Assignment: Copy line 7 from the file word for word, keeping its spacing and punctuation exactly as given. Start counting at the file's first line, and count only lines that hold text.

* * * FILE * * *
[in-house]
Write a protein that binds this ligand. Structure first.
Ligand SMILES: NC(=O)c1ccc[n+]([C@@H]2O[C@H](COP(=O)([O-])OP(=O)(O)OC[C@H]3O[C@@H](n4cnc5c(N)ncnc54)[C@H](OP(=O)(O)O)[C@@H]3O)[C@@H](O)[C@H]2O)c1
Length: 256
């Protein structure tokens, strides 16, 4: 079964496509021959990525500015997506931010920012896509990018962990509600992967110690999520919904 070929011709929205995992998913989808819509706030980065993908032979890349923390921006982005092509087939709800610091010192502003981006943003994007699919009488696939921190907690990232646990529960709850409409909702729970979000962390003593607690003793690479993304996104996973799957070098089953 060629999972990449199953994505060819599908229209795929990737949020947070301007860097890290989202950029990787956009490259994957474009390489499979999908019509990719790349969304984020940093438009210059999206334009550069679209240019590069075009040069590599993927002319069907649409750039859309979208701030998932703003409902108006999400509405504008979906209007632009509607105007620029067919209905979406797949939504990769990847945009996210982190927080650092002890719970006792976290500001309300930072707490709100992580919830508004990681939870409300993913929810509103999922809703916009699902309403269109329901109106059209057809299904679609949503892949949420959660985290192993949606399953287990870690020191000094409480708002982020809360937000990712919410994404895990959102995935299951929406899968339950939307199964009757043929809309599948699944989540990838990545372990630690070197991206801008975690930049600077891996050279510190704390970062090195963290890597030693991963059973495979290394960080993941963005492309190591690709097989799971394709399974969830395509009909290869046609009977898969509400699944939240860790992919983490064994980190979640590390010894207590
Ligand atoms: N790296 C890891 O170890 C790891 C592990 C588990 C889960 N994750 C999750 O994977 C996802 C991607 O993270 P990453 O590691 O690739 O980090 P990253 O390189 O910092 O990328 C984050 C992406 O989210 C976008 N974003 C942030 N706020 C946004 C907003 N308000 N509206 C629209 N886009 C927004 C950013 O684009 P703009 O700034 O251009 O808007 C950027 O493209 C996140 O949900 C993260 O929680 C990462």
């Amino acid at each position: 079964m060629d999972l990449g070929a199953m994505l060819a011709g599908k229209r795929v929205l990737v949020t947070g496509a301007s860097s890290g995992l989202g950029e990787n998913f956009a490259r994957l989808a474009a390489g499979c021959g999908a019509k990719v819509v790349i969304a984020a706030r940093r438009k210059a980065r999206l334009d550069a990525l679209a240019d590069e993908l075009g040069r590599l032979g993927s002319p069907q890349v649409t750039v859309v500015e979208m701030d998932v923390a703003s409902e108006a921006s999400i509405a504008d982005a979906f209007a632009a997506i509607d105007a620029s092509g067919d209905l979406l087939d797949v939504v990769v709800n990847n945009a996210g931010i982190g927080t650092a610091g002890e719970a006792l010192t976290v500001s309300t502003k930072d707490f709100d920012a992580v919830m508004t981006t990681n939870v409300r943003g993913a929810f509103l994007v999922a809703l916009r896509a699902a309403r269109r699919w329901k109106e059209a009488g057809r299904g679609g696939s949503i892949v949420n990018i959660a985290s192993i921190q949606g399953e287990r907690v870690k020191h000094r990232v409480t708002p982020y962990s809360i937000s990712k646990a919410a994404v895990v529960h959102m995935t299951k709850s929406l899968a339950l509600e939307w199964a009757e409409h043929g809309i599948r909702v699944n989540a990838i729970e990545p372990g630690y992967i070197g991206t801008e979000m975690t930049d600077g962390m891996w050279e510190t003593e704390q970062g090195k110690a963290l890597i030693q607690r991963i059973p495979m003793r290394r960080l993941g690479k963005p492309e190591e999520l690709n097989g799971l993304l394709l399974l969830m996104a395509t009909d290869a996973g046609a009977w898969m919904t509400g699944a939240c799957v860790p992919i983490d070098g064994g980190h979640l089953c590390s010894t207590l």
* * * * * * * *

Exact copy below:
């Amino acid at each position: 079964m060629d999972l990449g070929a199953m994505l060819a011709g599908k229209r795929v929205l990737v949020t947070g496509a301007s860097s890290g995992l989202g950029e990787n998913f956009a490259r994957l989808a474009a390489g499979c021959g999908a019509k990719v819509v790349i969304a984020a706030r940093r438009k210059a980065r999206l334009d550069a990525l679209a240019d590069e993908l075009g040069r590599l032979g993927s002319p069907q890349v649409t750039v859309v500015e979208m701030d998932v923390a703003s409902e108006a921006s999400i509405a504008d982005a979906f209007a632009a997506i509607d105007a620029s092509g067919d209905l979406l087939d797949v939504v990769v709800n990847n945009a996210g931010i982190g927080t650092a610091g002890e719970a006792l010192t976290v500001s309300t502003k930072d707490f709100d920012a992580v919830m508004t981006t990681n939870v409300r943003g993913a929810f509103l994007v999922a809703l916009r896509a699902a309403r269109r699919w329901k109106e059209a009488g057809r299904g679609g696939s949503i892949v949420n990018i959660a985290s192993i921190q949606g399953e287990r907690v870690k020191h000094r990232v409480t708002p982020y962990s809360i937000s990712k646990a919410a994404v895990v529960h959102m995935t299951k709850s929406l899968a339950l509600e939307w199964a009757e409409h043929g809309i599948r909702v699944n989540a990838i729970e990545p372990g630690y992967i070197g991206t801008e979000m975690t930049d600077g962390m891996w050279e510190t003593e704390q970062g090195k110690a963290l890597i030693q607690r991963i059973p495979m003793r290394r960080l993941g690479k963005p492309e190591e999520l690709n097989g799971l993304l394709l399974l969830m996104a395509t009909d290869a996973g046609a009977w898969m919904t509400g699944a939240c799957v860790p992919i983490d070098g064994g980190h979640l089953c590390s010894t207590l």